Women in the Workplace Watch: The show’s latest piece of fluff seems to be Max’s new assistant Dr Shaw, whose major contribution is to confide, through Max, that she thinks Danny is cute. Thanks, Dr Shaw. Could you run along now, please? The men have work to do.
“Oh, FFS!” Watch: DRONES.
(This episode was brought to you by: the Sheraton Waikiki, which has presumably paid more than the Hilton Hawaiian Village this time round.)
Period hospital drama The Knick, from celebrated auteur Steven Soderbergh, with movie star Clive Owen in the lead role, would like you to think it’s a bold and exciting new look at a part of medical and social history that is usually ignored, romanticised or soft-soaped. A shame then that it chooses the oldest, most hackneyed way to kick off the season: we open in a brothel and, within seconds, are treated/subjected (depending on your point of view) to a full-frontal nude shot of an unidentified woman (she’s wearing a shirt but it’s open) wandering in for no good reason other than to murmur something to our hero as he lies in a drug-induced stupor.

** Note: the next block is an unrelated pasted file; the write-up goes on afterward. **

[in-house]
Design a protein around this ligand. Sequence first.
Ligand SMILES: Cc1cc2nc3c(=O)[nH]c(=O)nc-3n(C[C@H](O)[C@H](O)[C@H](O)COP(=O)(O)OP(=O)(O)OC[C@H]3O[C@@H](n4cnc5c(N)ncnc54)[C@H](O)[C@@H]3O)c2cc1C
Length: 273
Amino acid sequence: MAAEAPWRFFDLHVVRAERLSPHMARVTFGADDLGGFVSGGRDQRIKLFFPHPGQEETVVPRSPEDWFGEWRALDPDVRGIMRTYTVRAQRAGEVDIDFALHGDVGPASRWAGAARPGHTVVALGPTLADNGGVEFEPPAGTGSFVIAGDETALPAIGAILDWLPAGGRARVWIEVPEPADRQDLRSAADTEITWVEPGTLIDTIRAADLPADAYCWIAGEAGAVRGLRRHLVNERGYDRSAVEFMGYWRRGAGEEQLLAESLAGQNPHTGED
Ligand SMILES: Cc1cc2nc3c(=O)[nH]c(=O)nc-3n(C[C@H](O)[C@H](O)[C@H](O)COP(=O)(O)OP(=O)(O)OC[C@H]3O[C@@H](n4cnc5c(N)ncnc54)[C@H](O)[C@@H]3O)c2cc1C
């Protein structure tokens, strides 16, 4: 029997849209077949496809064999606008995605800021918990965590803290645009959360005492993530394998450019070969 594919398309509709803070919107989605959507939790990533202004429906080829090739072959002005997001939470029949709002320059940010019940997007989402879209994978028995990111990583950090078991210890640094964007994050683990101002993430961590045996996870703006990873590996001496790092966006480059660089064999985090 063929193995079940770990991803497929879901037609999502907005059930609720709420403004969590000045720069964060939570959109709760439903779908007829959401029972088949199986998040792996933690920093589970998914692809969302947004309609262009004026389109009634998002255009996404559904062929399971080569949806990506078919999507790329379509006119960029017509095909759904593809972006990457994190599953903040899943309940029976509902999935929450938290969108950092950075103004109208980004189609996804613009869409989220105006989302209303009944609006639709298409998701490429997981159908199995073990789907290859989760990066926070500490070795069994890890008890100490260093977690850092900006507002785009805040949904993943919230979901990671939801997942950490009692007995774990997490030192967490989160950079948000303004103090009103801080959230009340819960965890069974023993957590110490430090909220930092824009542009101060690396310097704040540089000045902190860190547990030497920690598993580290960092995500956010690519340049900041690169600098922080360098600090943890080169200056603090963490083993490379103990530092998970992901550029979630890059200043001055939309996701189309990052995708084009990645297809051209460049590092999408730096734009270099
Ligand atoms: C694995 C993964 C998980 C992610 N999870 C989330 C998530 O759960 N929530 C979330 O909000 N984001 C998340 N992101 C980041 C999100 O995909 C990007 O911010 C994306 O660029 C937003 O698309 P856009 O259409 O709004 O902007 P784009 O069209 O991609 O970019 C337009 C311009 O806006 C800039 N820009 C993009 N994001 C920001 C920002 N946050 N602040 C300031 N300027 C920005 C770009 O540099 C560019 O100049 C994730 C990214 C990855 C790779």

I nearly switched off at that point, because, FFS, in this “Golden Age of TV”, can we not come up with something a bit more original, a bit more evolved, than using yet another nameless, character-less female body as tv shorthand for the flaws proudly toted by yet another sodding “anti-hero” in yet another sodding cable drama which thinks it has something interesting and daring to say about the human condition but is happy to treat half of that human condition like slabs of meat to do so?
Find a new way to tell us your hero’s troubled, guys. FIND A NEW WAY.